Early and delayed suture adjustments after adjustable suture strabismus surgery: a randomized controlled trial
Medical hypothesis discovery and innovation in ophthalmology,
Vol. 11 No. 4 (2022),
3 February 2023
Background: Adjustable sutures increase the success rate of strabismus surgery. However, the optimal timing of postoperative suture adjustment remains controversial. This trial was aimed at comparing the surgical outcomes and pain scores of early or 2 – 4 h and delayed or 24 h postoperative suture adjustment in adult patients undergoing strabismus surgery.
Methods: An open-label, prospective, randomized, comparative interventional study was performed in consecutive adult patients scheduled for eye muscle surgery. Patients were randomized into two groups: the early group, with suture adjustment 2 – 4 h postoperatively, and the delayed group, with suture adjustment 24 h postoperatively. Subjective pain scores during the adjustment were also analyzed. The angles of misalignment at 1 and 3 months and the success rate at 3 months postoperatively were compared.
Results: Forty-five (90%) patients completed the follow-up, including 23 (92%) in the early adjustment group and 22 (88%) in the delayed adjustment group, with a mean (standard deviation) age of 25.6 (9.5) years and a male-to-female ratio of 46.7:53.3. Thirty patients (66.7%) had exotropia, and 15 (33.3%) patients had esotropia. Both groups had comparable baseline characteristics (all P > 0.05). The mean pain scores during adjustment did not differ significantly between groups (P > 0.05). The postoperative angles of alignment were comparable between the groups before suture adjustment and at the 1- and 3-month follow-ups (all P > 0.05). The success rate in the early adjustment group was slightly higher (87.0% versus 63.6%), but the difference was not statistically significant (P > 0.05). The success rate was comparable between the groups in patients with esotropia or exotropia (both P > 0.05).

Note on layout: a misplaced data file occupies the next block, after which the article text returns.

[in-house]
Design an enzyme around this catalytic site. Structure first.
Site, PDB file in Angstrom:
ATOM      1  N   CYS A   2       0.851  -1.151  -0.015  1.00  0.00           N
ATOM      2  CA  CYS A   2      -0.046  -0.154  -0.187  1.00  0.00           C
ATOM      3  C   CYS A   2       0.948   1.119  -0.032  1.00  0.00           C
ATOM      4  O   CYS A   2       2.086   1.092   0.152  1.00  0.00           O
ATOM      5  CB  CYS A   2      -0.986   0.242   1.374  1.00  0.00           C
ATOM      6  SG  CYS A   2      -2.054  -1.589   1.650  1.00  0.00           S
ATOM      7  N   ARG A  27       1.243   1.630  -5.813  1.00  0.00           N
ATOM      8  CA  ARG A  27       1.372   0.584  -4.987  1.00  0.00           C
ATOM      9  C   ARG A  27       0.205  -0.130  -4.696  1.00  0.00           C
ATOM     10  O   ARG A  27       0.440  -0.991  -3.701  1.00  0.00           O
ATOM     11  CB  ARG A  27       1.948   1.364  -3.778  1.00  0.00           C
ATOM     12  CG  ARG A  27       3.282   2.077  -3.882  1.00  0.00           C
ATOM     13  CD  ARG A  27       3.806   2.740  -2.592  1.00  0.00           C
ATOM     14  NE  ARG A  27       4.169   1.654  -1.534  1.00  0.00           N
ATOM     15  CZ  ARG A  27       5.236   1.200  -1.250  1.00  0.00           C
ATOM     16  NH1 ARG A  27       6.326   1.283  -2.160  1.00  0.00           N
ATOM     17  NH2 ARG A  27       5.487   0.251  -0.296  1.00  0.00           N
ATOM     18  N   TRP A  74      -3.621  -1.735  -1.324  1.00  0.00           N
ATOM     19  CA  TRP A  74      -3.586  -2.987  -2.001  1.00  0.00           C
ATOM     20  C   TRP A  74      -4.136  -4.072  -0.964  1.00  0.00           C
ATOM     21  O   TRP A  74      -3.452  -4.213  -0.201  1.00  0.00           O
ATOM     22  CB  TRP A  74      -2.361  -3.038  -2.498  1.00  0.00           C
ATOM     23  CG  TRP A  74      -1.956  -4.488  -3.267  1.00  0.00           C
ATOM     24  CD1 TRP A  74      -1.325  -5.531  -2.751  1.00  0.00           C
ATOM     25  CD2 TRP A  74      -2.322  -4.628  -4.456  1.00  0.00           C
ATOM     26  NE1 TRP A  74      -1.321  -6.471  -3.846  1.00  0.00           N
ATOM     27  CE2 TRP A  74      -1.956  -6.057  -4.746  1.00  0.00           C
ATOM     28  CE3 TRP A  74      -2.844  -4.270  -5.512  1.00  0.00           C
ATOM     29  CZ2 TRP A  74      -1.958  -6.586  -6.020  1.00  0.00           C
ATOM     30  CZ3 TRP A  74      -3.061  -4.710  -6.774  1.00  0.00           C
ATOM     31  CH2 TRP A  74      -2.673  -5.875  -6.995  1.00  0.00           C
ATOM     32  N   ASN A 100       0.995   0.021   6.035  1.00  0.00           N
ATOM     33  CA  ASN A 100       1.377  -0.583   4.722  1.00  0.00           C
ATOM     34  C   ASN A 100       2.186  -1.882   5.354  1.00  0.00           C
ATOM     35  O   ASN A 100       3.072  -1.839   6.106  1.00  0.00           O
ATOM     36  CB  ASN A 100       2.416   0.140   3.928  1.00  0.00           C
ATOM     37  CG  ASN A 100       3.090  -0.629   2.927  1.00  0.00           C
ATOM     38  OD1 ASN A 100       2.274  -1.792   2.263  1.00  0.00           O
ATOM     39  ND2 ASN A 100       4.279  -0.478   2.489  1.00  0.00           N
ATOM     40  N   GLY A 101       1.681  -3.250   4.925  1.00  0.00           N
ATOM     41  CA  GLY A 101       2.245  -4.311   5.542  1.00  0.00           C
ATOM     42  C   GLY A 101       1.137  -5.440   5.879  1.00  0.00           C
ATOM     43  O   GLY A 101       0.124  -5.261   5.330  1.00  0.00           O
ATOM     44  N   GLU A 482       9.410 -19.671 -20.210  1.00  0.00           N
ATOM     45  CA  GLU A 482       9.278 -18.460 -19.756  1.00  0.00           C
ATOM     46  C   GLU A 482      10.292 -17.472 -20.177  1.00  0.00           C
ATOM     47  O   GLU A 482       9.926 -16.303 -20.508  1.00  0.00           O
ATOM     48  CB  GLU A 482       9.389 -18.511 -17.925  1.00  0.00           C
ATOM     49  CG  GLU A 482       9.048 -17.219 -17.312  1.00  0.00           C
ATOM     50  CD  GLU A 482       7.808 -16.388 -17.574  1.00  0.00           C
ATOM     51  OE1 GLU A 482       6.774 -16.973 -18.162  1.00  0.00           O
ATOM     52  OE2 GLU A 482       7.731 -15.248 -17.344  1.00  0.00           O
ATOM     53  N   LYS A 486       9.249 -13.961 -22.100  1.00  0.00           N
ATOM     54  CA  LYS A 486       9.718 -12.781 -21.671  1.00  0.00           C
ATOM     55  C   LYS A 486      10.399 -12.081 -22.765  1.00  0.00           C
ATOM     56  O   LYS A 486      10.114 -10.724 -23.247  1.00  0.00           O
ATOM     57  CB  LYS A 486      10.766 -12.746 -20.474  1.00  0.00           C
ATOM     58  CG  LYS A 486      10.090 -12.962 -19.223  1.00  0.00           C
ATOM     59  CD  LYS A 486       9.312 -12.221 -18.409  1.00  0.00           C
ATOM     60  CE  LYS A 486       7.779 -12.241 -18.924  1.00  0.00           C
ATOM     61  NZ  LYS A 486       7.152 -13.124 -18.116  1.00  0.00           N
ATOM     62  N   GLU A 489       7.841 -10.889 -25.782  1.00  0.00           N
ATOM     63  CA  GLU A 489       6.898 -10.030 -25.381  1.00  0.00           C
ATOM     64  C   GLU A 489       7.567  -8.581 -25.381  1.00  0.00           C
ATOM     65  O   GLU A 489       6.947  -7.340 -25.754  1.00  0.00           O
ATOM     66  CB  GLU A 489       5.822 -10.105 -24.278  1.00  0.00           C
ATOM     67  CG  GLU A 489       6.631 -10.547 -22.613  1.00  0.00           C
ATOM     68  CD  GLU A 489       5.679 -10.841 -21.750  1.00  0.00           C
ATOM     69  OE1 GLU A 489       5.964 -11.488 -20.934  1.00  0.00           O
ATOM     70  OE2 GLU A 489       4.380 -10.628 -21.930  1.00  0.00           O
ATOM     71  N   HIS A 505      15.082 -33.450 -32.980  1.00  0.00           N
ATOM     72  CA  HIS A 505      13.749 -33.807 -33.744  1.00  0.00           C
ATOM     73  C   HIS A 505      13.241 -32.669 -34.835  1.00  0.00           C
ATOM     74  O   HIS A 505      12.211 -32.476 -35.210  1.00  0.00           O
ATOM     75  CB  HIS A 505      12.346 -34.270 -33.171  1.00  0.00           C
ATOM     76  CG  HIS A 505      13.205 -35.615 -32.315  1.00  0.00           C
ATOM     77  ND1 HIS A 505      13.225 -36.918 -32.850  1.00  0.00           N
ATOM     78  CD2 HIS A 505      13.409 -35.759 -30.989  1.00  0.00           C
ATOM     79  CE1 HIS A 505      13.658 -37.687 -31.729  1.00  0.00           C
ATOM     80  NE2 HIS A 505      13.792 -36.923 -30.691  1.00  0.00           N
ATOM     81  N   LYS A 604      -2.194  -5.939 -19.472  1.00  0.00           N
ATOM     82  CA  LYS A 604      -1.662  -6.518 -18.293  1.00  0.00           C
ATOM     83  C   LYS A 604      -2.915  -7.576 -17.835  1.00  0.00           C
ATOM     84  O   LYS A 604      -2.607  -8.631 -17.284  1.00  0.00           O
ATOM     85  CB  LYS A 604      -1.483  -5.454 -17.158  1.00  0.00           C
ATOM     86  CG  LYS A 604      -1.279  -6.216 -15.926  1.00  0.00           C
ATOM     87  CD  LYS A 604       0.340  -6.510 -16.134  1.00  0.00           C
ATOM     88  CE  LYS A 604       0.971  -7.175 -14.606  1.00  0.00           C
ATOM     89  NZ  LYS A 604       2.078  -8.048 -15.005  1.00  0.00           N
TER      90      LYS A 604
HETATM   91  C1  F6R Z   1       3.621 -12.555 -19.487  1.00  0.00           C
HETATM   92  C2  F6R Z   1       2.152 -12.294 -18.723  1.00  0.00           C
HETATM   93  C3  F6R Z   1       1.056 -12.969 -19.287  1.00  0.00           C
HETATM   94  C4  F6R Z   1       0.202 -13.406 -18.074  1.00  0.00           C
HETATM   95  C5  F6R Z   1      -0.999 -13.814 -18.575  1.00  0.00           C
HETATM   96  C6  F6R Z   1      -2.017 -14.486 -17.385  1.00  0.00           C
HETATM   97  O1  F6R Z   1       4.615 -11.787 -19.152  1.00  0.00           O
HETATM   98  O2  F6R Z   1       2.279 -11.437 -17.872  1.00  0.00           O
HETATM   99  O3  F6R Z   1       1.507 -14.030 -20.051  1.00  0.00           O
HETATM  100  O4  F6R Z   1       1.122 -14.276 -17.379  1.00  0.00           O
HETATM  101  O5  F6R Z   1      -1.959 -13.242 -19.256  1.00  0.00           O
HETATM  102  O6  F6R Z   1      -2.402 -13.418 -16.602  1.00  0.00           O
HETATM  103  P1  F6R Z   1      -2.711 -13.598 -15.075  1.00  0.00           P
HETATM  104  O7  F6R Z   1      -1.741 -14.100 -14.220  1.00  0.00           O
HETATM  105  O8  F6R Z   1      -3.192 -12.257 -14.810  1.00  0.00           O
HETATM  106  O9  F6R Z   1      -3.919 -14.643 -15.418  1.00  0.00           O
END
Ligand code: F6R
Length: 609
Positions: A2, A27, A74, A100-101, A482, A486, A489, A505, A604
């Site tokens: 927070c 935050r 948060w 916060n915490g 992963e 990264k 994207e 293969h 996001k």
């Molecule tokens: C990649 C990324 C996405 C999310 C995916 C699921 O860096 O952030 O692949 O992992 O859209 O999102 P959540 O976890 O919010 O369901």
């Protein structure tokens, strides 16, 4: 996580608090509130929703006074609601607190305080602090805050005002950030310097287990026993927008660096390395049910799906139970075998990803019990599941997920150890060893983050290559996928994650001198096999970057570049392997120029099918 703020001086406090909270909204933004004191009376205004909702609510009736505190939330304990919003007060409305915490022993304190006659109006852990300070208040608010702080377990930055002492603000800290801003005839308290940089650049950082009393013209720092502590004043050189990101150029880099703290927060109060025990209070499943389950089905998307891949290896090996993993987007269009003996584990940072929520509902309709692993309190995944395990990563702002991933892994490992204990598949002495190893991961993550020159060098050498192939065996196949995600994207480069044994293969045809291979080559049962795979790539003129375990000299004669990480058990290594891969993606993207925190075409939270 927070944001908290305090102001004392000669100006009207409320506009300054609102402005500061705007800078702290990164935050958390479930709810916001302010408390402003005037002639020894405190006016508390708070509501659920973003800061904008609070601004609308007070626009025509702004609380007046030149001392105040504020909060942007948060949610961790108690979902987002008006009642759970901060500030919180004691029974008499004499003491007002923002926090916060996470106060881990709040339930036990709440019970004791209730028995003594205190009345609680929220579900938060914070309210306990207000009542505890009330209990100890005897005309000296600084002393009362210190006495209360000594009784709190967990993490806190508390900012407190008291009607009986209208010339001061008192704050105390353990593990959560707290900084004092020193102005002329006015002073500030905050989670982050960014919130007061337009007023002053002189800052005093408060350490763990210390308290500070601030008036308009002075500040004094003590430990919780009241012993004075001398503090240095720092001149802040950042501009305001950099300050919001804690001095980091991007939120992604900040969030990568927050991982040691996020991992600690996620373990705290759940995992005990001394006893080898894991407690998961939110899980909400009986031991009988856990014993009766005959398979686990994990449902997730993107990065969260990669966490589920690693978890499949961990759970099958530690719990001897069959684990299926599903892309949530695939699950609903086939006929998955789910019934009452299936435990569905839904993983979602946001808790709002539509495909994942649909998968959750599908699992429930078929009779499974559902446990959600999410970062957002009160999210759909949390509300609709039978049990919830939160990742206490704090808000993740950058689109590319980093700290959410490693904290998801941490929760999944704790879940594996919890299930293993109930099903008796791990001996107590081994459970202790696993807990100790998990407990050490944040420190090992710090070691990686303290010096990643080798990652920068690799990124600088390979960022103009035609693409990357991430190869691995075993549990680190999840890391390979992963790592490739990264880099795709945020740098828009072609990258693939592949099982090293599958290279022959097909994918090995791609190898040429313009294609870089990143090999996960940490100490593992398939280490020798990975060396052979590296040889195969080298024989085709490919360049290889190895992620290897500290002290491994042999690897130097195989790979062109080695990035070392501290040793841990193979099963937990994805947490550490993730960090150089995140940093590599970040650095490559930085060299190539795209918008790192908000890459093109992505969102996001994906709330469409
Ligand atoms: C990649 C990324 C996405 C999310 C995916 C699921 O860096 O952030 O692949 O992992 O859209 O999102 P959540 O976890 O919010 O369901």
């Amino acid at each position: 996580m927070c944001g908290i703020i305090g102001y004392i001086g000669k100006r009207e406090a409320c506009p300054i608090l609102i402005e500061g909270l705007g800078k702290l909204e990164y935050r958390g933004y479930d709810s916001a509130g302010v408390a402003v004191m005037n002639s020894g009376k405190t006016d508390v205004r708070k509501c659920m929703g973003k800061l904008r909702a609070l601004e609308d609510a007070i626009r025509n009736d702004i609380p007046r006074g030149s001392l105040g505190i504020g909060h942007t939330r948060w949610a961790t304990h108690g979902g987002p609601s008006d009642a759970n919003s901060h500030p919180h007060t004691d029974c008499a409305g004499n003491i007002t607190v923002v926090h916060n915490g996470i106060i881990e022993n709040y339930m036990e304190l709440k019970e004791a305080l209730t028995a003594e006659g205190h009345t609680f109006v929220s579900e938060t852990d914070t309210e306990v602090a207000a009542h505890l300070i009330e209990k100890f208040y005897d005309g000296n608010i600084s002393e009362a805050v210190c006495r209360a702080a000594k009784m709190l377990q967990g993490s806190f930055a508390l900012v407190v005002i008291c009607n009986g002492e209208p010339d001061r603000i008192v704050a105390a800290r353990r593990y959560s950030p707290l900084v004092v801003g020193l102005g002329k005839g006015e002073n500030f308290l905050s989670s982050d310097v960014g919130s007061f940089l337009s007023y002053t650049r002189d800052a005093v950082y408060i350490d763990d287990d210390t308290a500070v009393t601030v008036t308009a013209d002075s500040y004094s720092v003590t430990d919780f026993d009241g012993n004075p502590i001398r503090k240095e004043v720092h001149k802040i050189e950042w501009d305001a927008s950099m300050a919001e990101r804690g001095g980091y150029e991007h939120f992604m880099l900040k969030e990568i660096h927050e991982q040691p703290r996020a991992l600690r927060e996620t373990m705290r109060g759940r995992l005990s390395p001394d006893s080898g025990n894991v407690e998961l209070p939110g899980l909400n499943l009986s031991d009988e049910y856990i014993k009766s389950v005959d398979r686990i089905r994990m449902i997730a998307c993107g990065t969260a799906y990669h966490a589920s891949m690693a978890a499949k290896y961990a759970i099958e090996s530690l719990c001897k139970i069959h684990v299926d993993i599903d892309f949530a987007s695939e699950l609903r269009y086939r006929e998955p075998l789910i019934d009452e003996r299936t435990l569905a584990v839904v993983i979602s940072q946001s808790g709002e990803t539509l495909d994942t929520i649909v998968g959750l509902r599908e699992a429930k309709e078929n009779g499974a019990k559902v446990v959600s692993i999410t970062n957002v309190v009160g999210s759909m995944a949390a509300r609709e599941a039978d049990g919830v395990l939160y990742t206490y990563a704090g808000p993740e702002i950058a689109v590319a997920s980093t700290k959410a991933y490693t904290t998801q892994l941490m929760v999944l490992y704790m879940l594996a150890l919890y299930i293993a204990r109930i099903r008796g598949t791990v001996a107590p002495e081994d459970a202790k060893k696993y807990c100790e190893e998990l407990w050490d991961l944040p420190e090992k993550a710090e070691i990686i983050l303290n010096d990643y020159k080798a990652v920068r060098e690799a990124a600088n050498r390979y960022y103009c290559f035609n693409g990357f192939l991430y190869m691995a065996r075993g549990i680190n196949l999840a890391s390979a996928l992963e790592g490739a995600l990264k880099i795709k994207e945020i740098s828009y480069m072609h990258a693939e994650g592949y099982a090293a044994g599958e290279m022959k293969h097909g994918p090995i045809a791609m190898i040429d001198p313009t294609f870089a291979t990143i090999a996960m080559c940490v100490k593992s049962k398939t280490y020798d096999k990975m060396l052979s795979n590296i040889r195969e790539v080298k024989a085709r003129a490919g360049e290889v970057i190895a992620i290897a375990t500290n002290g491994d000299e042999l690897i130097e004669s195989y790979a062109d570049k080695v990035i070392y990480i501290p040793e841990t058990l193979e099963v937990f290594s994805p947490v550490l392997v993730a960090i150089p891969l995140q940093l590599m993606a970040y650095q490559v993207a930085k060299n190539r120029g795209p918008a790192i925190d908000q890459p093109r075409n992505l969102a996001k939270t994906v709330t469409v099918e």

Conclusions: Although the early adjustment group had a slightly higher success rate, the difference was not significant. Both groups had comparable subjective pain scores during adjustment. Future clinical trials should be performed different time intervals for postoperative suture adjustment, and subjective and objective outcomes, such as diplopia and stereopsis, should be compared between patients with a first strabismus surgery and those who underwent reoperation. This could better resolve the persistent controversy related to the optimal time for suture adjustment.